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Law and Business Review of the Americas

Abstract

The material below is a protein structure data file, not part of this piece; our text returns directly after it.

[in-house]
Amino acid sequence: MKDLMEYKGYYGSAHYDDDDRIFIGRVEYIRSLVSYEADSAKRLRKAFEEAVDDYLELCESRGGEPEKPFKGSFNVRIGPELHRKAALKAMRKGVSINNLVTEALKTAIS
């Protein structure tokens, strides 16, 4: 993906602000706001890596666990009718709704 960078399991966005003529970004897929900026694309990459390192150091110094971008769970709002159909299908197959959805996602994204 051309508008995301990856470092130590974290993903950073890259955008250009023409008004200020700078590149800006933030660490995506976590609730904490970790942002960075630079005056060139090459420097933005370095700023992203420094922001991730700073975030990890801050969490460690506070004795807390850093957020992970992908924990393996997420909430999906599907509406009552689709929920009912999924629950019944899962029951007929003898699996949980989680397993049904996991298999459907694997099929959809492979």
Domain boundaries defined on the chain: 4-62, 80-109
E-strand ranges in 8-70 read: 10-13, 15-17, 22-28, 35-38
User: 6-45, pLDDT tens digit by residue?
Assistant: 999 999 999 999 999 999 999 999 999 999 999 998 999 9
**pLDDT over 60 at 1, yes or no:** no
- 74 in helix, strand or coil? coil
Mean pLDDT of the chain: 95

This article aims to analyze the contractual allocation of decision-making power to the board of directors in Brazilian public companies. Unlike U.S. law, Brazil's corporate statute bestows original and supreme decision-making power to the shareholders' meeting in running of the firm, while reserving a comparatively ancillary role to the board. At the same time, however, the statute permits shareholders to delegate part of these powers to the board through charter provisions. Whether or not parties take advantage of private ordering to empower the board is of great interest given the changing normative framework applicable to Brazil's capital markets over the past two decades. This article's empirical analysis of the corporate charters and shareholder agreements of companies listed on the Sio Paulo Stock Exchange (BM&FBOVESPA, now also known as B3-Brasil, Bolsa e Balcio) reveals that shareholders appear to augment the board's decision-making power by charter provision, especially in dispersed ownership and Novo Mercado companies. It remains unclear, however, whether such a tendency reflects a genuine predilection for greater board empowerment, or simply a means to extend the clout of a controlling shareholder, or group of controlling shareholders, onto the board, in view of the binding force of shareholder agreements under Brazilian law.

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